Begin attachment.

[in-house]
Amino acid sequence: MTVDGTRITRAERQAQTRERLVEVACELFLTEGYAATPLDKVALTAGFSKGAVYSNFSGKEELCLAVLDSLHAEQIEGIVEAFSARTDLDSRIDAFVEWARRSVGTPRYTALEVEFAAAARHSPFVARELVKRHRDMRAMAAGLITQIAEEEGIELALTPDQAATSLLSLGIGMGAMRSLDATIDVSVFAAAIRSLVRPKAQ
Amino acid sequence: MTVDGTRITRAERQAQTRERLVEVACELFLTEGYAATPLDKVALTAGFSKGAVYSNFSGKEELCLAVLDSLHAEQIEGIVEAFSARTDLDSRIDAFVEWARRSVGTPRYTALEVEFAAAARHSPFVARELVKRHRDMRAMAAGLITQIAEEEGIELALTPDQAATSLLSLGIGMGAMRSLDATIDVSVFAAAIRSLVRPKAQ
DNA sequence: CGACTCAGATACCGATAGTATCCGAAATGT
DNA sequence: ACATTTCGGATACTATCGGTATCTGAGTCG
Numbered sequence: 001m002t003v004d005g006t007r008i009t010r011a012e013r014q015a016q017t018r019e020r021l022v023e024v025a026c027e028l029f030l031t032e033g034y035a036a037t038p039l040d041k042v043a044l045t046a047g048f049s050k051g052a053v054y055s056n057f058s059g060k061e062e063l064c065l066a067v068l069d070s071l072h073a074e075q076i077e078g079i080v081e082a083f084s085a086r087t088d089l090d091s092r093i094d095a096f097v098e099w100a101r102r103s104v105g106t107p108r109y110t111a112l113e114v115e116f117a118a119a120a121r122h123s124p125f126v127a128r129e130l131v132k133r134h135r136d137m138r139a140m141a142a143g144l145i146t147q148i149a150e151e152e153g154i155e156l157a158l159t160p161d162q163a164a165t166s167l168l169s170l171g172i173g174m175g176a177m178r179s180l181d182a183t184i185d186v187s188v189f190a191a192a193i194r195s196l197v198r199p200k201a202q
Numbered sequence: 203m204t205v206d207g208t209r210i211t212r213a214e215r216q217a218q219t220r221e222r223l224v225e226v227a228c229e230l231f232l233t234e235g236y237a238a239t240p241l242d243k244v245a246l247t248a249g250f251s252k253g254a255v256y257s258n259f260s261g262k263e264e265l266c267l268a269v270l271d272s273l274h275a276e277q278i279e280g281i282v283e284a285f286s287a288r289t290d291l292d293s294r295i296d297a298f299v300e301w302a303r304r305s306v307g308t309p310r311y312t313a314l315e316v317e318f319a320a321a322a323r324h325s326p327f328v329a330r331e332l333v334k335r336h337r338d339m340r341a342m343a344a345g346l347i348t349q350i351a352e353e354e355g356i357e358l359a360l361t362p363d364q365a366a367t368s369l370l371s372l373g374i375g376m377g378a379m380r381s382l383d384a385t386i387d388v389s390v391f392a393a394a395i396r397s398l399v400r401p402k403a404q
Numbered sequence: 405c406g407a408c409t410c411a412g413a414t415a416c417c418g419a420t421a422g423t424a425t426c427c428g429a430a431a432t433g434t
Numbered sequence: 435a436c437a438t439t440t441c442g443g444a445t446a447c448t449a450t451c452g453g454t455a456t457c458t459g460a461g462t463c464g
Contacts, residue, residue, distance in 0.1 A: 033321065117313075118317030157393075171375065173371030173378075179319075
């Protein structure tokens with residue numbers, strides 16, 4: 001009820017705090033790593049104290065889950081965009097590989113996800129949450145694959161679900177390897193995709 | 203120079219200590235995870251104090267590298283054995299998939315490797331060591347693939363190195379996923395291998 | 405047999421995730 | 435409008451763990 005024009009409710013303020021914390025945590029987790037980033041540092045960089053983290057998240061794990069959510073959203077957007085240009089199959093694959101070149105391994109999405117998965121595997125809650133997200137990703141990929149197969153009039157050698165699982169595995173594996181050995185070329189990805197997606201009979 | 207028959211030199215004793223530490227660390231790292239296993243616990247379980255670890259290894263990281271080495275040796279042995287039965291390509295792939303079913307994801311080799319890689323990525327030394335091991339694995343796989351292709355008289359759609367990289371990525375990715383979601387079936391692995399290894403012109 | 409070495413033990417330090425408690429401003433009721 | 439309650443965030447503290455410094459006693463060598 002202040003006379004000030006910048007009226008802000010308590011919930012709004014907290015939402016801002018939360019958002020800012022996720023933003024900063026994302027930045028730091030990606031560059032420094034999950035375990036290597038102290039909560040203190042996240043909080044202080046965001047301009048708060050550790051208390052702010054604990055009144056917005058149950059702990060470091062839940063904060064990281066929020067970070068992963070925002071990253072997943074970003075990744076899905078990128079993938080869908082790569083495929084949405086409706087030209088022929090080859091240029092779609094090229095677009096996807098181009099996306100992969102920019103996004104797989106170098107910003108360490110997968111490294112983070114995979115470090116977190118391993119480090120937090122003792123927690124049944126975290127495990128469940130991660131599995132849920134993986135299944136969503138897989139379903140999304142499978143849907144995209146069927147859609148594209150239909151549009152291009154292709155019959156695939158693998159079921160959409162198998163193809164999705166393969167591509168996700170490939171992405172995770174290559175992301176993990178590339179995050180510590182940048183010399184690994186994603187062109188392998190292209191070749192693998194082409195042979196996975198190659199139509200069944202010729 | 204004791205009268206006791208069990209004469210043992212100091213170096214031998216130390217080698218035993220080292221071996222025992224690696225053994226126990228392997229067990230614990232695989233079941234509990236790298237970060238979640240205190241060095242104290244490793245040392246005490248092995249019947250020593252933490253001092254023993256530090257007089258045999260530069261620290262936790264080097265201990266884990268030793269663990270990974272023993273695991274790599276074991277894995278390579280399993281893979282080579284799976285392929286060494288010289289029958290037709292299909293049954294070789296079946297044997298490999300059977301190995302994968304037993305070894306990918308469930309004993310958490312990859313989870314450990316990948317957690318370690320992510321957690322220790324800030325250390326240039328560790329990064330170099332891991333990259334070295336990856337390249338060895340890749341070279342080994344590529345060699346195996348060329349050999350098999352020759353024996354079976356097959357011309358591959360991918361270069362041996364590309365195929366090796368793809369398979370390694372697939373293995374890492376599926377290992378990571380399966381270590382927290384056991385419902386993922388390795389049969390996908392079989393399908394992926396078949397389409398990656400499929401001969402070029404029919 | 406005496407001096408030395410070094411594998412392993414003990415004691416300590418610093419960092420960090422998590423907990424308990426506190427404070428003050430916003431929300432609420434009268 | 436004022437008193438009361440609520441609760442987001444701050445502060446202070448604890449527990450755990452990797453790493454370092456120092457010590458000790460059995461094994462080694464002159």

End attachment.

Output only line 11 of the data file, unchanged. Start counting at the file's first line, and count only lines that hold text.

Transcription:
């Protein structure tokens with residue numbers, strides 16, 4: 001009820017705090033790593049104290065889950081965009097590989113996800129949450145694959161679900177390897193995709 | 203120079219200590235995870251104090267590298283054995299998939315490797331060591347693939363190195379996923395291998 | 405047999421995730 | 435409008451763990 005024009009409710013303020021914390025945590029987790037980033041540092045960089053983290057998240061794990069959510073959203077957007085240009089199959093694959101070149105391994109999405117998965121595997125809650133997200137990703141990929149197969153009039157050698165699982169595995173594996181050995185070329189990805197997606201009979 | 207028959211030199215004793223530490227660390231790292239296993243616990247379980255670890259290894263990281271080495275040796279042995287039965291390509295792939303079913307994801311080799319890689323990525327030394335091991339694995343796989351292709355008289359759609367990289371990525375990715383979601387079936391692995399290894403012109 | 409070495413033990417330090425408690429401003433009721 | 439309650443965030447503290455410094459006693463060598 002202040003006379004000030006910048007009226008802000010308590011919930012709004014907290015939402016801002018939360019958002020800012022996720023933003024900063026994302027930045028730091030990606031560059032420094034999950035375990036290597038102290039909560040203190042996240043909080044202080046965001047301009048708060050550790051208390052702010054604990055009144056917005058149950059702990060470091062839940063904060064990281066929020067970070068992963070925002071990253072997943074970003075990744076899905078990128079993938080869908082790569083495929084949405086409706087030209088022929090080859091240029092779609094090229095677009096996807098181009099996306100992969102920019103996004104797989106170098107910003108360490110997968111490294112983070114995979115470090116977190118391993119480090120937090122003792123927690124049944126975290127495990128469940130991660131599995132849920134993986135299944136969503138897989139379903140999304142499978143849907144995209146069927147859609148594209150239909151549009152291009154292709155019959156695939158693998159079921160959409162198998163193809164999705166393969167591509168996700170490939171992405172995770174290559175992301176993990178590339179995050180510590182940048183010399184690994186994603187062109188392998190292209191070749192693998194082409195042979196996975198190659199139509200069944202010729 | 204004791205009268206006791208069990209004469210043992212100091213170096214031998216130390217080698218035993220080292221071996222025992224690696225053994226126990228392997229067990230614990232695989233079941234509990236790298237970060238979640240205190241060095242104290244490793245040392246005490248092995249019947250020593252933490253001092254023993256530090257007089258045999260530069261620290262936790264080097265201990266884990268030793269663990270990974272023993273695991274790599276074991277894995278390579280399993281893979282080579284799976285392929286060494288010289289029958290037709292299909293049954294070789296079946297044997298490999300059977301190995302994968304037993305070894306990918308469930309004993310958490312990859313989870314450990316990948317957690318370690320992510321957690322220790324800030325250390326240039328560790329990064330170099332891991333990259334070295336990856337390249338060895340890749341070279342080994344590529345060699346195996348060329349050999350098999352020759353024996354079976356097959357011309358591959360991918361270069362041996364590309365195929366090796368793809369398979370390694372697939373293995374890492376599926377290992378990571380399966381270590382927290384056991385419902386993922388390795389049969390996908392079989393399908394992926396078949397389409398990656400499929401001969402070029404029919 | 406005496407001096408030395410070094411594998412392993414003990415004691416300590418610093419960092420960090422998590423907990424308990426506190427404070428003050430916003431929300432609420434009268 | 436004022437008193438009361440609520441609760442987001444701050445502060446202070448604890449527990450755990452990797453790493454370092456120092457010590458000790460059995461094994462080694464002159």